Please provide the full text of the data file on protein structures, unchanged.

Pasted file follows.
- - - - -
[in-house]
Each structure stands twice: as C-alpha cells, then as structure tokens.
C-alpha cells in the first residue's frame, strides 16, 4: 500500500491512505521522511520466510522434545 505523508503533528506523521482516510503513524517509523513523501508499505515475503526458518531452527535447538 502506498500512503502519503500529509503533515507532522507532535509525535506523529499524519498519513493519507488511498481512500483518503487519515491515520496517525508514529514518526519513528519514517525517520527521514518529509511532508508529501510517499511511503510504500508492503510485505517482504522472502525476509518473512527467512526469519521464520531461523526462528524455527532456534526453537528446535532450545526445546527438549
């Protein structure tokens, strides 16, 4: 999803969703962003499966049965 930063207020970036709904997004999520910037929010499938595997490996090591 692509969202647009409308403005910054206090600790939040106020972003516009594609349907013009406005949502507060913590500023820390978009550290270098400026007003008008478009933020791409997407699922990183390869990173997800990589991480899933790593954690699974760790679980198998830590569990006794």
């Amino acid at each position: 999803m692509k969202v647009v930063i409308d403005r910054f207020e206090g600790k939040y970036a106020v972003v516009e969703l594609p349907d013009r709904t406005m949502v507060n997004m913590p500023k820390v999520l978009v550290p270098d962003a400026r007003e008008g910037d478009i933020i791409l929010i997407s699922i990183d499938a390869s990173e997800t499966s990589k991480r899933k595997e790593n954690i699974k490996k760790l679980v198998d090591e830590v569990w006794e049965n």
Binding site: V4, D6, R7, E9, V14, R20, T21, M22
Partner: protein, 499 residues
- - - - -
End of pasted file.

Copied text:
[in-house]
Each structure stands twice: as C-alpha cells, then as structure tokens.
C-alpha cells in the first residue's frame, strides 16, 4: 500500500491512505521522511520466510522434545 505523508503533528506523521482516510503513524517509523513523501508499505515475503526458518531452527535447538 502506498500512503502519503500529509503533515507532522507532535509525535506523529499524519498519513493519507488511498481512500483518503487519515491515520496517525508514529514518526519513528519514517525517520527521514518529509511532508508529501510517499511511503510504500508492503510485505517482504522472502525476509518473512527467512526469519521464520531461523526462528524455527532456534526453537528446535532450545526445546527438549
């Protein structure tokens, strides 16, 4: 999803969703962003499966049965 930063207020970036709904997004999520910037929010499938595997490996090591 692509969202647009409308403005910054206090600790939040106020972003516009594609349907013009406005949502507060913590500023820390978009550290270098400026007003008008478009933020791409997407699922990183390869990173997800990589991480899933790593954690699974760790679980198998830590569990006794």
């Amino acid at each position: 999803m692509k969202v647009v930063i409308d403005r910054f207020e206090g600790k939040y970036a106020v972003v516009e969703l594609p349907d013009r709904t406005m949502v507060n997004m913590p500023k820390v999520l978009v550290p270098d962003a400026r007003e008008g910037d478009i933020i791409l929010i997407s699922i990183d499938a390869s990173e997800t499966s990589k991480r899933k595997e790593n954690i699974k490996k760790l679980v198998d090591e830590v569990w006794e049965n």
Binding site: V4, D6, R7, E9, V14, R20, T21, M22
Partner: protein, 499 residues